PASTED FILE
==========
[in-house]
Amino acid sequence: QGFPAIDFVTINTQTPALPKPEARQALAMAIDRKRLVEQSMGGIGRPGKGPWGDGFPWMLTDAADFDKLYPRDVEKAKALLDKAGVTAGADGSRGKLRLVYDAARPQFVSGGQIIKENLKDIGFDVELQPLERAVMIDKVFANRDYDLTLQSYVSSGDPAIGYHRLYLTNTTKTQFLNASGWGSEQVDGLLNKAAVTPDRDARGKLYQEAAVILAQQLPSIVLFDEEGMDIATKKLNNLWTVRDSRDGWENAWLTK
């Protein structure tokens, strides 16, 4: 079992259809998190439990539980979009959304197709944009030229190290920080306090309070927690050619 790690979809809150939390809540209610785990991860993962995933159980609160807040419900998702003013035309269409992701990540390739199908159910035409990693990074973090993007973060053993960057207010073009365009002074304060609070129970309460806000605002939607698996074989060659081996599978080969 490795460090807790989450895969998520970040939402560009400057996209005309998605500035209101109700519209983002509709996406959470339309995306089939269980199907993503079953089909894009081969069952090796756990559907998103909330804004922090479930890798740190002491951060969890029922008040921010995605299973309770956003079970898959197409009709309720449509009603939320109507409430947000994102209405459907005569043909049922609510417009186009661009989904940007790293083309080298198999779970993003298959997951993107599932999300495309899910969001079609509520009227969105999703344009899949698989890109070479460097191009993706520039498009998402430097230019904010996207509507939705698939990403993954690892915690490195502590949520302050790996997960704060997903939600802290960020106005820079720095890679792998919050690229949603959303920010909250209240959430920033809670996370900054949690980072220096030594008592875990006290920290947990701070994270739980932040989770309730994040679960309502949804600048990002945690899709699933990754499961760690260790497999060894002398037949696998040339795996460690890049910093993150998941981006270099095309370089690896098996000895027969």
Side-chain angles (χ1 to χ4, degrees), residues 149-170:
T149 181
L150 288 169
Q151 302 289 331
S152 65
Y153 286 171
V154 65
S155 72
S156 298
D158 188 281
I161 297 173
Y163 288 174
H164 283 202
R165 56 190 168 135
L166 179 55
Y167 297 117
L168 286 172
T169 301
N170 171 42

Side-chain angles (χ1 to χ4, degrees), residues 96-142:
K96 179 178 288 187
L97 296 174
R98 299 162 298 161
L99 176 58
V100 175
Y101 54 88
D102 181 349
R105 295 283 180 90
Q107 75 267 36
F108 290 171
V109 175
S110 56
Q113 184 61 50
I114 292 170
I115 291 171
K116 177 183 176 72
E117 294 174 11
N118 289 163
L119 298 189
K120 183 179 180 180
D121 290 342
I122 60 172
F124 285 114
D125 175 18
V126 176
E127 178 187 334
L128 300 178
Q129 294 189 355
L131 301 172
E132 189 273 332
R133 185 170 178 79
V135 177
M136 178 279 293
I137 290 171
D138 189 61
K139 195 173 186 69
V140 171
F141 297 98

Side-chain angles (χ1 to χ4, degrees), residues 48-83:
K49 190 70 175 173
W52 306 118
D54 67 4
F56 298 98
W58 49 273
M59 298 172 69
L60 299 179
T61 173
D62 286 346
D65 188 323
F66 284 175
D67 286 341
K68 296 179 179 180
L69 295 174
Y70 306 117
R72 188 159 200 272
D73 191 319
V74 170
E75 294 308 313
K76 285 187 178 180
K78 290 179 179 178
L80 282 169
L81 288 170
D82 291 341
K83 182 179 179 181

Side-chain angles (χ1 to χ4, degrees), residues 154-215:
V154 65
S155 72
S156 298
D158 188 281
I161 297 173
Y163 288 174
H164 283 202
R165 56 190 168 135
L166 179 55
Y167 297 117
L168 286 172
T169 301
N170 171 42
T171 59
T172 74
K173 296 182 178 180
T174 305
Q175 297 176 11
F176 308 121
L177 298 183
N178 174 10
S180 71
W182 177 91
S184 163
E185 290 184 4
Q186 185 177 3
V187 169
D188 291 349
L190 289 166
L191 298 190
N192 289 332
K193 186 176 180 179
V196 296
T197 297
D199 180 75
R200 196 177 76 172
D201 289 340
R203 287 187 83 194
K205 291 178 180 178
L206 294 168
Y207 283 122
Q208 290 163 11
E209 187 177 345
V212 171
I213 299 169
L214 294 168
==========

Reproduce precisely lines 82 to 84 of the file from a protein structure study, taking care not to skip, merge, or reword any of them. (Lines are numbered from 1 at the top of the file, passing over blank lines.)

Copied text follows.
K76 285 187 178 180
K78 290 179 179 178
L80 282 169